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Grid-Connected vs. Stand-Alone: What’s the Best Solar Option for Residential Buyers in NJ

At the outset, this question sounds like the age-old tussle between self-sufficiency and external dependence. Standalone solar systems sound like a great option on paper, because you get complete freedom from utility companies. You don’t have to deal with there bills ever again.

On the other hand, grid-tied solar systems come with their own unique set of advantages that cannot be ignored. In order to find out what works best for the homeowners of the garden state, let’s understand them better. 

Standalone or Off-grid Solar Systems 

A standalone solar system is not connected to the grid. Therefore, it requires a massive battery system to store solar power generated during the day and supply it to you during the night. However, you will be completely free from making any kind of payment to the utility company.

Pros

  • Entirely self-sufficient
  • Grid failures are irrelevant to you

Cons

  • Requires additional components like batteries, charge controller, and so on. They are expensive to purchase and maintain
  • New Jersey doesn’t receive enough sunlight during the winter months to support your energy needs through day and night
  • You may require a diesel generator for the winter months, which defeats the clean energy goal of solar power. Not to mention the costs of owning and operating such a setup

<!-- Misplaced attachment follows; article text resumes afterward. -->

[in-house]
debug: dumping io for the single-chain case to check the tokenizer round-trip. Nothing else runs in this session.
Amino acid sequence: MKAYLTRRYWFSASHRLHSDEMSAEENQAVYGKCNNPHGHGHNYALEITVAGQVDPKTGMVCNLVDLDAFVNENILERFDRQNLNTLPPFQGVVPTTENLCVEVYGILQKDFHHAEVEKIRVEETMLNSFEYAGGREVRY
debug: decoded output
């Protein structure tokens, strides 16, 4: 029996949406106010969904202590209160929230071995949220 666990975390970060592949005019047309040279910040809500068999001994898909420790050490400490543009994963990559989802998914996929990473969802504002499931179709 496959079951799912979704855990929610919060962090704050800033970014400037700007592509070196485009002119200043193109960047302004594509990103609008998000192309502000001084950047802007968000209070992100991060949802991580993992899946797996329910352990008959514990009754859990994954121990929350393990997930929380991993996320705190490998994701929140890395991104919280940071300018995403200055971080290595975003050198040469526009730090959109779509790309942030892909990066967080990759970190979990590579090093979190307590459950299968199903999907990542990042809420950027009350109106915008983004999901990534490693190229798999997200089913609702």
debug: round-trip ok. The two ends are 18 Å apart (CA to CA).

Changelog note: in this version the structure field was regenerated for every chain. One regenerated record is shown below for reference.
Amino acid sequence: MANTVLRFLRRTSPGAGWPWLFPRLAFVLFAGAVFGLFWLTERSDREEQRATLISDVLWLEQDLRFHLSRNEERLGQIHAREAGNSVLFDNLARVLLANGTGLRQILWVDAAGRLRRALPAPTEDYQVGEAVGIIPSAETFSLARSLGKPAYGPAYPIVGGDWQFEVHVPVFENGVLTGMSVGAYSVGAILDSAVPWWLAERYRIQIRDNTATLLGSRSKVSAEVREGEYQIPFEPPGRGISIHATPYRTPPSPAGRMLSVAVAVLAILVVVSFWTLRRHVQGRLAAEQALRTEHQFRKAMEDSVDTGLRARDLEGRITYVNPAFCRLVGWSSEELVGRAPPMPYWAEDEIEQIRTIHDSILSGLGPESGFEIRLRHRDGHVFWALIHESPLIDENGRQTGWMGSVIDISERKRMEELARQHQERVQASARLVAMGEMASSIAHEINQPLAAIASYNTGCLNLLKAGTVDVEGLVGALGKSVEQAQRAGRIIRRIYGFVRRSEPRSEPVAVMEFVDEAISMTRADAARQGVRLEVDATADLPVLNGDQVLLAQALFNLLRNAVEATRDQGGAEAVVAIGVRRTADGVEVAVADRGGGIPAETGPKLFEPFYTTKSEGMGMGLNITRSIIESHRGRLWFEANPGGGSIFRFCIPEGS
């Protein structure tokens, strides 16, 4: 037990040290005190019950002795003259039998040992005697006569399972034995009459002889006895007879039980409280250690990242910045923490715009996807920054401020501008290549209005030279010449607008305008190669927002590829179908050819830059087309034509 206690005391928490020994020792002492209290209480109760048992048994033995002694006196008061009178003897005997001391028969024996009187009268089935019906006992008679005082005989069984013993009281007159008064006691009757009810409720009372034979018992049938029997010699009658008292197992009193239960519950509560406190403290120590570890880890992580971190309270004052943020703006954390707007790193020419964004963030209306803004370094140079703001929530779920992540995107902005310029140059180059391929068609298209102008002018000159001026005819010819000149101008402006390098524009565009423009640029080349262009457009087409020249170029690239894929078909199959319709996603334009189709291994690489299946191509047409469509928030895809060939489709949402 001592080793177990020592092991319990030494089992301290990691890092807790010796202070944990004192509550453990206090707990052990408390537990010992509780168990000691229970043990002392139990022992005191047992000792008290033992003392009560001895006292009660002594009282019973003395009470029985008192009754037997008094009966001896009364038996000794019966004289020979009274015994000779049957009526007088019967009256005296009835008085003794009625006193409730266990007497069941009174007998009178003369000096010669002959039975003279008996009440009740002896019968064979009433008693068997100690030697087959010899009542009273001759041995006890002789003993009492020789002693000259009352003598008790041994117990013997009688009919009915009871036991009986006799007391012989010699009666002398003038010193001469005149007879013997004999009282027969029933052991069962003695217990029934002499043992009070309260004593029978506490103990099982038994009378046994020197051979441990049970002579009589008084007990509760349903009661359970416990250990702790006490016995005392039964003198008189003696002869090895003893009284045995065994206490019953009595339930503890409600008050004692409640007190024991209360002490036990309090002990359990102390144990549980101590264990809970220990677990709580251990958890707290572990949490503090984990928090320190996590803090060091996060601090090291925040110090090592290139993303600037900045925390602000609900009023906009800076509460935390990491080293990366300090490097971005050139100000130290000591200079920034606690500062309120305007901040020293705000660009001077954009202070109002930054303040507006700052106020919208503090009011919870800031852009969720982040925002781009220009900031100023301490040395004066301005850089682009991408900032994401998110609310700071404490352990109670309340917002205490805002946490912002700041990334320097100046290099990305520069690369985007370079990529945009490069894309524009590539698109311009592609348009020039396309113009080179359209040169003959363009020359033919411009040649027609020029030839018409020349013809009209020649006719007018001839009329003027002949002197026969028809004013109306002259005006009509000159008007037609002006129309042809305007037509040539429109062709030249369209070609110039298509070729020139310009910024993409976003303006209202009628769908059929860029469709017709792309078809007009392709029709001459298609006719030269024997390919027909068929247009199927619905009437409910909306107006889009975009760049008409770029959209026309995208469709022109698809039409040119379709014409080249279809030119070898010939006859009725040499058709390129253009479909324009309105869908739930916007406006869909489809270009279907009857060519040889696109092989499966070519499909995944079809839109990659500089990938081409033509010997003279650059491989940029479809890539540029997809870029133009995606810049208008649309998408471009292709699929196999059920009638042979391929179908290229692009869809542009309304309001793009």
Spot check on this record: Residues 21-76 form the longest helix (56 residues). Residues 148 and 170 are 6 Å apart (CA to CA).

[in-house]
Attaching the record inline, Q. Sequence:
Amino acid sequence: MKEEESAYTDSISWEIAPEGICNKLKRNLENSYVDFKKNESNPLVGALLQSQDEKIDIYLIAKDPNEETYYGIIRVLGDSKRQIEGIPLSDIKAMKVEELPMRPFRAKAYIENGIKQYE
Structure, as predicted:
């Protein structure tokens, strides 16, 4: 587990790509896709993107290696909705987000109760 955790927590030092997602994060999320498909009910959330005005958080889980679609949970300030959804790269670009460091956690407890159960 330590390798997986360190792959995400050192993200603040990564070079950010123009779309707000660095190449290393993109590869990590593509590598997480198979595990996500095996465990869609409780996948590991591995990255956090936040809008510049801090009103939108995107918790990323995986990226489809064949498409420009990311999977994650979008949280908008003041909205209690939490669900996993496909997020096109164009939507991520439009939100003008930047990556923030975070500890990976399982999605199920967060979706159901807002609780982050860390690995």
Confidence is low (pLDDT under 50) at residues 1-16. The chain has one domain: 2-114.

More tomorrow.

• Generators and batteries require replacement every few years. The cost simply doesn’t match the benefits.
  • You cannot take advantage of net metering.
  • TREC program not available. 

Grid-tied Solar Systems

In the case of grid-tied solar systems, the grid acts like a giant battery backup. Whenever you run out of solar power, or need additional power, the grid supplies it to you seamlessly. If you want an additional layer of resilience against power outages, you can invest in a small battery setup for backup power.

Pros

  • Incredibly inexpensive
  • Net metering allows you to actually earn money by diverting excess solar power to the grid
  • Run high-power appliances like ACs, water heaters, room heaters, etc. without overloading your solar power system
  • Take advantage of TRECs, get credits worth $91.20 for every 1,000 kWhrs your system produces for 15 years!

Cons

  • Utility companies charge a fixed minimum monthly fee, which you will have to pay, however this is usually just a couple dollars per month. 

Conclusion

Standalone solar systems are not the ticket to energy independence. At best, they are last-resort solutions for households in remote locations where there’s no grid access. Whether grid access is available, grid-tied solar systems are the best choice functionally as well as financially.

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